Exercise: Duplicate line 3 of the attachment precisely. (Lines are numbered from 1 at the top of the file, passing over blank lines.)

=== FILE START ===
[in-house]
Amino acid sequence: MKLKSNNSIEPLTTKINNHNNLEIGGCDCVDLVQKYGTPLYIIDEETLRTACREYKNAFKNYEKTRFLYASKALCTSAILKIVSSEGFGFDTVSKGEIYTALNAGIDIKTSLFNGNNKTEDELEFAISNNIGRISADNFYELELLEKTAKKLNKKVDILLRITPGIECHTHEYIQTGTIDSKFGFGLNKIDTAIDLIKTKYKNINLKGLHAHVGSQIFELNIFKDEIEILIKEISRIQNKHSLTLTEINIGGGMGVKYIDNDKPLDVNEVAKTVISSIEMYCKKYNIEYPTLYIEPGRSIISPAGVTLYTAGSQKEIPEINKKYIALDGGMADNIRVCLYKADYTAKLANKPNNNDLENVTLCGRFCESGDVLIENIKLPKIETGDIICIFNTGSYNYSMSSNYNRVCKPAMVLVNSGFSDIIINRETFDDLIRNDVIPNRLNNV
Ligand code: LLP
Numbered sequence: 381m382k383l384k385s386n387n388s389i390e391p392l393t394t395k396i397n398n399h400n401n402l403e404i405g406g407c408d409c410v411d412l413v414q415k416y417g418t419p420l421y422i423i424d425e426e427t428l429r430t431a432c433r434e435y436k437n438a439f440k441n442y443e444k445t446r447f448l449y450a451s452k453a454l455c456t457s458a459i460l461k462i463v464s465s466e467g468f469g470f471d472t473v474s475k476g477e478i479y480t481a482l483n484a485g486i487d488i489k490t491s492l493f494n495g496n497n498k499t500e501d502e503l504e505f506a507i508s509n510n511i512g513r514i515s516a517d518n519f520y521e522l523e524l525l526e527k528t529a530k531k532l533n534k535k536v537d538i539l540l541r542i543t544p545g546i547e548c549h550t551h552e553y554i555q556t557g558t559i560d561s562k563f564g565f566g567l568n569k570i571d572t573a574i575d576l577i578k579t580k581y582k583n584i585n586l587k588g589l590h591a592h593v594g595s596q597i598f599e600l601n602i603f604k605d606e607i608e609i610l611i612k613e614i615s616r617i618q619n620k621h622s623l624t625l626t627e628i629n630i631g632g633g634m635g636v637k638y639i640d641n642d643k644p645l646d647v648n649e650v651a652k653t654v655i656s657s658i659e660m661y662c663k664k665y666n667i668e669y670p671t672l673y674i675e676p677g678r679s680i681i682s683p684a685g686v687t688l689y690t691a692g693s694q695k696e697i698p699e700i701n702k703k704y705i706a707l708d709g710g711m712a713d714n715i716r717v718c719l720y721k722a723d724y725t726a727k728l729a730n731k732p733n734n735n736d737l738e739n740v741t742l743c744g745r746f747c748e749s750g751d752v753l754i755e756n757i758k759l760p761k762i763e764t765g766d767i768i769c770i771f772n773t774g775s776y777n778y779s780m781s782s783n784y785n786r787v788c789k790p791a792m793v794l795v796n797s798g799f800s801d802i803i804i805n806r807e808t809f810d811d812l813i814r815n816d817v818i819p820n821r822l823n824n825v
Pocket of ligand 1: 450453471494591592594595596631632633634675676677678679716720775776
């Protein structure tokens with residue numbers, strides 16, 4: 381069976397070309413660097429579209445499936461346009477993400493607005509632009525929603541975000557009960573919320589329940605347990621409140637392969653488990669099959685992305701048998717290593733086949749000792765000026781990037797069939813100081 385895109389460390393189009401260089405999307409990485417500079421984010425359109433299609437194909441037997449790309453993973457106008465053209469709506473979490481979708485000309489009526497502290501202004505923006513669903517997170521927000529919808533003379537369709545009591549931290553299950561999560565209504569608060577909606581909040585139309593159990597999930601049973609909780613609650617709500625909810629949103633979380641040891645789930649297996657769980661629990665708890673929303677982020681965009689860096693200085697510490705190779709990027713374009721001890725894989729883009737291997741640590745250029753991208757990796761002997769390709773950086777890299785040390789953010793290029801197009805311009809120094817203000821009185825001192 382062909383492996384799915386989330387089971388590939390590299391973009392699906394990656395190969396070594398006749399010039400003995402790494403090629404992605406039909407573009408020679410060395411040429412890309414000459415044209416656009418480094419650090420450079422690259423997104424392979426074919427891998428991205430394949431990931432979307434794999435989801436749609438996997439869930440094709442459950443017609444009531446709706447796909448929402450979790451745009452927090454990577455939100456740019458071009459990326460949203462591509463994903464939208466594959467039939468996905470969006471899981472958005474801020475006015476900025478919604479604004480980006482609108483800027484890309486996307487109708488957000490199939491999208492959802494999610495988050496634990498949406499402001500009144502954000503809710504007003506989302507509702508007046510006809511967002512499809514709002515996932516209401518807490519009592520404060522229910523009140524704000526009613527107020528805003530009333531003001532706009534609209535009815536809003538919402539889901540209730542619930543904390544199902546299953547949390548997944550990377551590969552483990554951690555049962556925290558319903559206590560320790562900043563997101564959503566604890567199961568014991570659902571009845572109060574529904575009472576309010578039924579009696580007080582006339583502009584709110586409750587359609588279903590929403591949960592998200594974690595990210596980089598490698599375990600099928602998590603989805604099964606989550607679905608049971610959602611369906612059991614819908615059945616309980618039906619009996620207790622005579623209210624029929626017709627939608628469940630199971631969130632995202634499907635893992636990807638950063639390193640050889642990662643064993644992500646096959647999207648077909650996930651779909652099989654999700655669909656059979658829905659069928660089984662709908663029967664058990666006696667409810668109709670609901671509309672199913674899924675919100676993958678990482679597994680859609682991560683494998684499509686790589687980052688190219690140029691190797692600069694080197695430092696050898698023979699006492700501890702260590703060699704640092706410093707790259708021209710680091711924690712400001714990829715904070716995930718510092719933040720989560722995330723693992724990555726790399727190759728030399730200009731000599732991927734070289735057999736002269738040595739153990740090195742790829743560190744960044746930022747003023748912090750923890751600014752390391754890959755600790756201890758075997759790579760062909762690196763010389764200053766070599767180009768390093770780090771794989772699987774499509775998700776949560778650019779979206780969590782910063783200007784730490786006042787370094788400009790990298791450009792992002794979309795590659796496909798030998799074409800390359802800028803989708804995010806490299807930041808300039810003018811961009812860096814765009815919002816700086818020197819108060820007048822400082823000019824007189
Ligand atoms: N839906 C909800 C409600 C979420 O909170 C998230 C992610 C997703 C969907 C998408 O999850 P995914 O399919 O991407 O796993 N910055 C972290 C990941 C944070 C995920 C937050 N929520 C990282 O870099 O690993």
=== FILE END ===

Ligand code: LLP